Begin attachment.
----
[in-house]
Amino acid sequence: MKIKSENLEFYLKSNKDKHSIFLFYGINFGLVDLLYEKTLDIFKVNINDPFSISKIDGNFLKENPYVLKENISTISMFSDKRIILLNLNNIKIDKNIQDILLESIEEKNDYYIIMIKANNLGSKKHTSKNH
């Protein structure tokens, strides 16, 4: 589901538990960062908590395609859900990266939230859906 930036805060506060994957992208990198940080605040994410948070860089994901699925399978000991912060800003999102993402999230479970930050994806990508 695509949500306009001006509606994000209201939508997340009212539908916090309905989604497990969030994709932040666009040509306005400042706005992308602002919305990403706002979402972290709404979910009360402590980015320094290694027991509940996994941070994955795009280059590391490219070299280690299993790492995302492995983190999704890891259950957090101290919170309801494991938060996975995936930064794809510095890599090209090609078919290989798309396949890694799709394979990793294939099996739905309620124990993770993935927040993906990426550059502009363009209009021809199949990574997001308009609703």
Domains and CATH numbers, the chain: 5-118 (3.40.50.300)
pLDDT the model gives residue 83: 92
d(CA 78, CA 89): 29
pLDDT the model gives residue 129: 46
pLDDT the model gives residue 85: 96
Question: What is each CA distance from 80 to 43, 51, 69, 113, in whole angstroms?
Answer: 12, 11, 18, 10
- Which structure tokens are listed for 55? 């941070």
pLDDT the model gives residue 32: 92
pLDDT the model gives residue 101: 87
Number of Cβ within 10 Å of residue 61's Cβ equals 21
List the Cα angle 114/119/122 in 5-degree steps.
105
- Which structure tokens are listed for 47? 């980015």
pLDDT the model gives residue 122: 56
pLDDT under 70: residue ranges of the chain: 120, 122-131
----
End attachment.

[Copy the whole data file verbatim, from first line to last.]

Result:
[in-house]
Amino acid sequence: MKIKSENLEFYLKSNKDKHSIFLFYGINFGLVDLLYEKTLDIFKVNINDPFSISKIDGNFLKENPYVLKENISTISMFSDKRIILLNLNNIKIDKNIQDILLESIEEKNDYYIIMIKANNLGSKKHTSKNH
């Protein structure tokens, strides 16, 4: 589901538990960062908590395609859900990266939230859906 930036805060506060994957992208990198940080605040994410948070860089994901699925399978000991912060800003999102993402999230479970930050994806990508 695509949500306009001006509606994000209201939508997340009212539908916090309905989604497990969030994709932040666009040509306005400042706005992308602002919305990403706002979402972290709404979910009360402590980015320094290694027991509940996994941070994955795009280059590391490219070299280690299993790492995302492995983190999704890891259950957090101290919170309801494991938060996975995936930064794809510095890599090209090609078919290989798309396949890694799709394979990793294939099996739905309620124990993770993935927040993906990426550059502009363009209009021809199949990574997001308009609703």
Domains and CATH numbers, the chain: 5-118 (3.40.50.300)
pLDDT the model gives residue 83: 92
d(CA 78, CA 89): 29
pLDDT the model gives residue 129: 46
pLDDT the model gives residue 85: 96
Question: What is each CA distance from 80 to 43, 51, 69, 113, in whole angstroms?
Answer: 12, 11, 18, 10
- Which structure tokens are listed for 55? 């941070």
pLDDT the model gives residue 32: 92
pLDDT the model gives residue 101: 87
Number of Cβ within 10 Å of residue 61's Cβ equals 21
List the Cα angle 114/119/122 in 5-degree steps.
105
- Which structure tokens are listed for 47? 């980015």
pLDDT the model gives residue 122: 56
pLDDT under 70: residue ranges of the chain: 120, 122-131